It looks, unfortunately, like Cliff Avril’s career is finished.
Pete Carroll told SiriusXM NFL Radio that the Seahawks are going to put Avril on injured reserve, meaning his season probably is over. Carroll said the 31-year-old is “seeing a bunch of doctors, seriously looking at a big decision.”
If he can’t play now, despite apparently feeling fine after suffering a stinger against the Colts, why would he return off IR in eight weeks or come back at all in 2018? Carroll previously said tests “showed some stuff” — and the IR move indicates that “stuff” was serious enough to shut down one of Seattle’s top defenders.
Avril told Yahoo Sports he is not thinking of retiring right now and that the “big decision” is whether to undergo neck surgery.
But Michael Bennett made it sound very much like Avril, who is in his 10th NFL season, knows he needs to retire.
“I think it’s a hard situation,” Bennett said. “I think any time you do something for a long period of time and it gets taken away from you and you can’t walk away from it the way you want to walk away from it, it’s a stressful thing. So I think it’s good that the Seahawks are so great and letting this be a private kind of affair and not really keeping people too in tune with what is going on. But I know it’s very hard for him at this moment because he didn’t get to do what he wanted to do.”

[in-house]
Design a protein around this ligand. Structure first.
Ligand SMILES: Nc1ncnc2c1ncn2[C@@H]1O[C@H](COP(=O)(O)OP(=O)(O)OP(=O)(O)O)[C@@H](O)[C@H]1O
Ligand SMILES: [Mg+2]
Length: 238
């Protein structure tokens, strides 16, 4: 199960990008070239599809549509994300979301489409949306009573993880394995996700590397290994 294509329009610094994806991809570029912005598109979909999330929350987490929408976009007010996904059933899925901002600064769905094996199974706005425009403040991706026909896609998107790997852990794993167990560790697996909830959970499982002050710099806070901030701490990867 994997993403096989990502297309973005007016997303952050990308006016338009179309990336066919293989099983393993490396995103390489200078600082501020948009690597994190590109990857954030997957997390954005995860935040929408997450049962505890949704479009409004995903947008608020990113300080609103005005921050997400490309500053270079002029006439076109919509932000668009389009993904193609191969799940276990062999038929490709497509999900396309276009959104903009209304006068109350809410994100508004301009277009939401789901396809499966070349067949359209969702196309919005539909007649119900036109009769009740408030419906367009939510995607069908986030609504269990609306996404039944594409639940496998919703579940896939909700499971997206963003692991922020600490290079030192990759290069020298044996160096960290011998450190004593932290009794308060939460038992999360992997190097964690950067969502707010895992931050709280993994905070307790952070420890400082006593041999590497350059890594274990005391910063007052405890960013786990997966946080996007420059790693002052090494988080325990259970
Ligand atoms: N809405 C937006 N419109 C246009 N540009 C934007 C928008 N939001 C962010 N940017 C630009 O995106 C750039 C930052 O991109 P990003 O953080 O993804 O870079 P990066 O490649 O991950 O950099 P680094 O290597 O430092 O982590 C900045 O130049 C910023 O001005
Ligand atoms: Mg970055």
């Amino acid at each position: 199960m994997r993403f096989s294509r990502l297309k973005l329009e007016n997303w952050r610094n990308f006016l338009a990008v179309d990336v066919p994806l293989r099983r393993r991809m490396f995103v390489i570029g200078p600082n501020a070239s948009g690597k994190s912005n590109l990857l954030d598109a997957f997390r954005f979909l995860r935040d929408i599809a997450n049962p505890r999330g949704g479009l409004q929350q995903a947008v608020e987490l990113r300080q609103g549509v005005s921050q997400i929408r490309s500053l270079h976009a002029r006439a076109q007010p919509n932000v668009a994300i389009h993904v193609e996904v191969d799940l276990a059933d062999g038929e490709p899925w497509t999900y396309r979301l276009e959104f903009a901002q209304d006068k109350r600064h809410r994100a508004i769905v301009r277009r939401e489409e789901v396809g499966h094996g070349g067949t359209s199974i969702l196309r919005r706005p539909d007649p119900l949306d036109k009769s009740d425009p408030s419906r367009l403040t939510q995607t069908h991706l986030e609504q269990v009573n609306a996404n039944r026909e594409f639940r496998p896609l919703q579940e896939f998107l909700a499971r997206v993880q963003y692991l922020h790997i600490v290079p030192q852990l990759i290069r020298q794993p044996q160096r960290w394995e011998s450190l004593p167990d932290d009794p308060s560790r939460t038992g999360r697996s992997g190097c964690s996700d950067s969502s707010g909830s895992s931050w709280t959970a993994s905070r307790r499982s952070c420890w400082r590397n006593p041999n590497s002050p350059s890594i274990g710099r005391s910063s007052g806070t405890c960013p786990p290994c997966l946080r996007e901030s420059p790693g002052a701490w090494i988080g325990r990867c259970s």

If this is the sudden end for Avril, a la Mack Strong in 2007, the Seahawks will miss him — on the field and off.
Avril, who joined Seattle with Bennett in 2013, is one of the top seven or eight defensive linemen in the 42-year history of the Seahawks — a list led by Hall of Famer Cortez Kennedy and fellow Ring of Honor member Jacob Green. Avril is right up there with Joe Nash, Jeff Bryant, Michael Sinclair, Chris Clemons and Bennett.
Avril is tied with Bennett for ninth on the team’s sack list, with 34.5. Added to the 39.5 he compiled in five years with Detroit, Avril ranks 75th in NFL history.
He also has forced 30 fumbles in his career — 14 of them in Seattle. Only Sinclair had more for the Hawks — 25 from 1992 to 2001 — but Avril forced them more often (.21 per game to Sinclair’s .17).
As good as he has been on the field, Avril has been awesome off it as well. He has been very active in Haiti, where his parents are from, building houses and a school. He promised a house for every sack in 2016, and he followed through with 12 houses after recording a career-high 11.5 sacks. He was named the Seahawks Man of the Year for his humanitarian deeds.
Avril has been one of the best Seahawks of the Carroll era — supporting teammates in their endeavors as well and never presenting himself in a negative light. He has been a true pro who will be missed for his leadership and great play.
He surely will make the best decision for himself, based on all of the top medical advice he can get. And if that means he returns late this season or next year, the Seahawks will be better for it.
But it sure looks like we are saying a premature goodbye to one of the best D-linemen the Hawks have had. And that’s too bad.